On the heels of the Saints’ victory, the Big Easy had another big win this week, this time in the form of a $474.8 million FEMA payment. But preservationists have been dealt a major blow in their fight to save 70-year-old Charity Hospital in New Orleans, along with a tract of historic homes and structures in the city’s Mid-City district. For the past four years, Louisiana state officials have been at loggerheads with FEMA over the extent of Hurricane Katrina’s damages to Charity, which has been shuttered since the storm. On Wednesday, a federal arbitration panel ordered FEMA to pay nearly all of the requested replacement costs for the state-owned hospital. The ruling was a triumph for city and state officials who argued that Charity was more than 50 percent damaged by the hurricane and therefore eligible for replacement, instead of repair.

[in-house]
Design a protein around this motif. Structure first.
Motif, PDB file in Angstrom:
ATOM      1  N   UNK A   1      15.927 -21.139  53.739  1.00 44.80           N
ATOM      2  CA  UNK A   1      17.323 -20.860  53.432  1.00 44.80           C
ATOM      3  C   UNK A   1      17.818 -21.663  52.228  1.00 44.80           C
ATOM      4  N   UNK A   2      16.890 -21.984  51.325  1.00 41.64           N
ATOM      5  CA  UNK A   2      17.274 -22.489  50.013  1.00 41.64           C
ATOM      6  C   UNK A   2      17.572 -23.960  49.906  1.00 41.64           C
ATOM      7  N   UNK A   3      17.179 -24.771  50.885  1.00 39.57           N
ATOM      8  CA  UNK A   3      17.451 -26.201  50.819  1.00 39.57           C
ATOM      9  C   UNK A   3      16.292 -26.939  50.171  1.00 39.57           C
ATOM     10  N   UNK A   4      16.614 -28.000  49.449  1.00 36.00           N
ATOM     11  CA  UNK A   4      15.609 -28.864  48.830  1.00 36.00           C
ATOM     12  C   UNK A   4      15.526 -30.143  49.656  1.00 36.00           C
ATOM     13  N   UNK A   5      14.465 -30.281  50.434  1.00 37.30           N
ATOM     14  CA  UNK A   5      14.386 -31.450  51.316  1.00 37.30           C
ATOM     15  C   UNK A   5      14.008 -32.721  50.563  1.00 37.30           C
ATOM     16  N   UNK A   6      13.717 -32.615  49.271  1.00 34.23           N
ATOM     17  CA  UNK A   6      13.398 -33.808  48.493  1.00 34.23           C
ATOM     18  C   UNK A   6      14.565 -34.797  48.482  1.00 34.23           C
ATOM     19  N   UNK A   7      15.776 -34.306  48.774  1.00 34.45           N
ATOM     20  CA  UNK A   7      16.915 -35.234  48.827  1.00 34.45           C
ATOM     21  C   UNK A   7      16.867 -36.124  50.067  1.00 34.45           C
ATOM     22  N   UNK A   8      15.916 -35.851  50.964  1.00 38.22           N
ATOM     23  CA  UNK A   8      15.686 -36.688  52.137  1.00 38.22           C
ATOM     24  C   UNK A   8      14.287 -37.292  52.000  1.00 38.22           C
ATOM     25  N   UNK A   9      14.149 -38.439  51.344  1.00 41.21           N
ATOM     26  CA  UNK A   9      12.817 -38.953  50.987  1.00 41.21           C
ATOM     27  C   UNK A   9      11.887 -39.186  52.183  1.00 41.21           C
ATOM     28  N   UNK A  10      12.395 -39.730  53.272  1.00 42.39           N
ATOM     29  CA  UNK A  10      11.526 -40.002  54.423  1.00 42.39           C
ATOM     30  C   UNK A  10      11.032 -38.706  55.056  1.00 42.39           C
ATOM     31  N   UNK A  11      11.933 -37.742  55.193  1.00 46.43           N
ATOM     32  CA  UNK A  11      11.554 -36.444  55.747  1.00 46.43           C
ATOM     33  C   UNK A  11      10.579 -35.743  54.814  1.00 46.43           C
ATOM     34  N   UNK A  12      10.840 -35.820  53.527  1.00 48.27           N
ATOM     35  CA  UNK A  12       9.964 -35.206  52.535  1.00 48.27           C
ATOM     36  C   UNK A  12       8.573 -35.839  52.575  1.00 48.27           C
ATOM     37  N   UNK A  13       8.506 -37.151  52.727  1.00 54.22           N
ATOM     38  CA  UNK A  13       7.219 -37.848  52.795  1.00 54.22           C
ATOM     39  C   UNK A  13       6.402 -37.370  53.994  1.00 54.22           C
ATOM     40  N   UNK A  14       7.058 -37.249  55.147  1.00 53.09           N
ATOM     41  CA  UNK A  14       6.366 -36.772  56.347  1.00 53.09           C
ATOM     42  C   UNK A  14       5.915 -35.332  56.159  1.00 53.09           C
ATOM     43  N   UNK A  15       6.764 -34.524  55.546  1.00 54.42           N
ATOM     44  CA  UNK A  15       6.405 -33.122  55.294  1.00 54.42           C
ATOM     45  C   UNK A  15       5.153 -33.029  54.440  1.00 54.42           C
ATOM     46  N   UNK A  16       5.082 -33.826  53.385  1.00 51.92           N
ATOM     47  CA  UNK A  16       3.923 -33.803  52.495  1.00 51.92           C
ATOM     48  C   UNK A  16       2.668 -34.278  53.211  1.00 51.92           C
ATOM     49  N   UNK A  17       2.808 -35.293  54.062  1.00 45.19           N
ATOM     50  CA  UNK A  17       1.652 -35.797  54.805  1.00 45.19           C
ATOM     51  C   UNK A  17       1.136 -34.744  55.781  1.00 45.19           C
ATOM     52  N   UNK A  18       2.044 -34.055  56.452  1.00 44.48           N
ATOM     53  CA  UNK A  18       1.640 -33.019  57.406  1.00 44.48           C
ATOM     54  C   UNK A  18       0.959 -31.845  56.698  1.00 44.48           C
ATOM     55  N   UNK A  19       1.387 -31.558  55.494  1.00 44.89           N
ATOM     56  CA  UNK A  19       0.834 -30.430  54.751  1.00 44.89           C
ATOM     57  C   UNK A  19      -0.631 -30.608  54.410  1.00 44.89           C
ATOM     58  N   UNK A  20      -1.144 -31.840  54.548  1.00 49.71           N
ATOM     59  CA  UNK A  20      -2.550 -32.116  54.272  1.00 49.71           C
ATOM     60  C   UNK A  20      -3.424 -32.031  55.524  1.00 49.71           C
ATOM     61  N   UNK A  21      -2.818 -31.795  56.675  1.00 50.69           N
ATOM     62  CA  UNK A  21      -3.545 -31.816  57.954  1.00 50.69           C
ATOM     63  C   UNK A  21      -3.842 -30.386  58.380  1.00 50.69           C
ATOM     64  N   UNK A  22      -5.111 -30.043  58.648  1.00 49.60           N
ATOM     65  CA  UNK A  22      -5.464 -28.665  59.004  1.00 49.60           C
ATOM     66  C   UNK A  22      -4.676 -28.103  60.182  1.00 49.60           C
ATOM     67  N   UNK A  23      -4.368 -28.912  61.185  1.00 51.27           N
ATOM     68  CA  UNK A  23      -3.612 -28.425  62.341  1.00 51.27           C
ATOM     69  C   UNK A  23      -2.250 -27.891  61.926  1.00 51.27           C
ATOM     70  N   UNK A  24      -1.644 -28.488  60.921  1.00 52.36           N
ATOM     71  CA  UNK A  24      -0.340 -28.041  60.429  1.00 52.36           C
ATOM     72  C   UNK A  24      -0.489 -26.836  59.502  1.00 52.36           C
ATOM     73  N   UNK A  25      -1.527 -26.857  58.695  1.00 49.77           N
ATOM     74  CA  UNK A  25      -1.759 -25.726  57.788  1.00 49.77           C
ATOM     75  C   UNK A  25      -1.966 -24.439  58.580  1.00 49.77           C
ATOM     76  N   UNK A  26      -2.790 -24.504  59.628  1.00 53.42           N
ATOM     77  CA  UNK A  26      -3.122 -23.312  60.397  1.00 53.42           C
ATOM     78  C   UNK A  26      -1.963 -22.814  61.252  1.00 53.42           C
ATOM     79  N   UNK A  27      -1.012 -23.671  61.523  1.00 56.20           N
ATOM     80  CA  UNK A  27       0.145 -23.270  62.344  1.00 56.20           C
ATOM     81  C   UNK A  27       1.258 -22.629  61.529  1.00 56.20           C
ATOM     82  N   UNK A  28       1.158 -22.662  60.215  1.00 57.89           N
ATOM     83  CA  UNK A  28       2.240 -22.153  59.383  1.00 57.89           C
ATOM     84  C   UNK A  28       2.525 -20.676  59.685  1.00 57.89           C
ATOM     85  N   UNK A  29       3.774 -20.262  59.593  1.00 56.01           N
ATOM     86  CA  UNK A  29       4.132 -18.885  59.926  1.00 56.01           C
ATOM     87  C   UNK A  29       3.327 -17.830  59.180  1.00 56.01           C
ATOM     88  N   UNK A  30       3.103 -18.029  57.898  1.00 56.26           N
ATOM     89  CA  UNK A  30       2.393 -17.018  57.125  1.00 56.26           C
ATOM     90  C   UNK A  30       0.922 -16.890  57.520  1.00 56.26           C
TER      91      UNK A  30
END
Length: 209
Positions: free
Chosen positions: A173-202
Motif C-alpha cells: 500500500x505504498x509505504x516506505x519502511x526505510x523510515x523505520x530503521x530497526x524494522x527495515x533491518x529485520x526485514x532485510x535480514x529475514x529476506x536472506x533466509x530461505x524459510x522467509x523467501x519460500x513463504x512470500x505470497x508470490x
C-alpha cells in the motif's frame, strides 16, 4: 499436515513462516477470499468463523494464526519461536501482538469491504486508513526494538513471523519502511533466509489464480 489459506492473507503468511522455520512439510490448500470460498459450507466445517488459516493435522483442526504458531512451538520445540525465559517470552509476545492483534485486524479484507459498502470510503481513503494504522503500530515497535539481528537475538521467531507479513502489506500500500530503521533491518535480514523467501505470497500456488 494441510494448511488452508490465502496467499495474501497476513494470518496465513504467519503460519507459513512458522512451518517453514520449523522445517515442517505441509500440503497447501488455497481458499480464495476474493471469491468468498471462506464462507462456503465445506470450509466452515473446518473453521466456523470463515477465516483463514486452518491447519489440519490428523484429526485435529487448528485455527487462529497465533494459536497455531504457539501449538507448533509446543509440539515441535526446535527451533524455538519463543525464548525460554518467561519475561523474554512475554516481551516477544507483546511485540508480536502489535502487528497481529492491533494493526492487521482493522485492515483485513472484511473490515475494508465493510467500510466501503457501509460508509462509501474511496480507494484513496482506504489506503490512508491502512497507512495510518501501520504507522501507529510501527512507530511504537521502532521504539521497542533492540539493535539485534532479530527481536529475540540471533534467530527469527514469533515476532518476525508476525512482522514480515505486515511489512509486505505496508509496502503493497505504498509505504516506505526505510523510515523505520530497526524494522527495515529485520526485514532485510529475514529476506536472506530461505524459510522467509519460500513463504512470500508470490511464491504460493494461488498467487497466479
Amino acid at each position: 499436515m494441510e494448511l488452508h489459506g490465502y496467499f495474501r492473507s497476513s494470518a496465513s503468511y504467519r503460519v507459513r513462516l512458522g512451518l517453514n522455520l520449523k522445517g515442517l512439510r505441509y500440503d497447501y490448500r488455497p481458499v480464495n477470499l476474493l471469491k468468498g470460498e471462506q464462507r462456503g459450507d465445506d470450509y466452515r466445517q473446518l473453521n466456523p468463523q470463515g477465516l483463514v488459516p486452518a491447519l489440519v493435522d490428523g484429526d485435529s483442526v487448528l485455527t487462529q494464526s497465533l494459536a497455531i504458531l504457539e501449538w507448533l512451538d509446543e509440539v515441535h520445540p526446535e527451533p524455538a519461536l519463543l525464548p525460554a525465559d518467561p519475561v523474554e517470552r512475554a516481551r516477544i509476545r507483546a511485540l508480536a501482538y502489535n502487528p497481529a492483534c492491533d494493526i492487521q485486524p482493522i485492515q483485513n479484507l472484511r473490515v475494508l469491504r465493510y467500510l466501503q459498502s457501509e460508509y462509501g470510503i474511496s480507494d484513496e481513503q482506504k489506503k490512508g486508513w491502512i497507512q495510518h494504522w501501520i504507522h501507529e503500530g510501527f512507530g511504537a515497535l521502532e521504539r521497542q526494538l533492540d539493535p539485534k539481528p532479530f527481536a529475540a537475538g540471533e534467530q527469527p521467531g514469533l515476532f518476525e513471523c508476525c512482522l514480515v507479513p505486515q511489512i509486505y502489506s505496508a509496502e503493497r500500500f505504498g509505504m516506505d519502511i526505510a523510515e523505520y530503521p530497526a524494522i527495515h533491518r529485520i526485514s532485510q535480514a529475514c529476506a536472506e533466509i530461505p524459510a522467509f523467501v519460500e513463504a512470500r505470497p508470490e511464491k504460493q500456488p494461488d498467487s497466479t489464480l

As AN reported in July 2009, the decision was seen as vital to advancing a Mid-City biomedical development plan that would place the new Department of Veterans Affairs Hospital (already funded by Congress) alongside a new LSU medical center to be built with state funds, revenue bonds, and FEMA’s compensation for Charity, formerly the school’s teaching hospital. Preservationists argued that the plan would destroy the iconic art deco hospital and a slew of historic structures, and pushed their ideas for an all-out retrofit of the building.
Louisiana governor Bobby Jindal, who applauded the panel’s decision, said $40 million in Community Block Grant money has already been set aside to find a new use for Charity—but with the National Trust still disputing the Mid-City development plans on environmental grounds, New Orleans is far from getting the medical care it needs.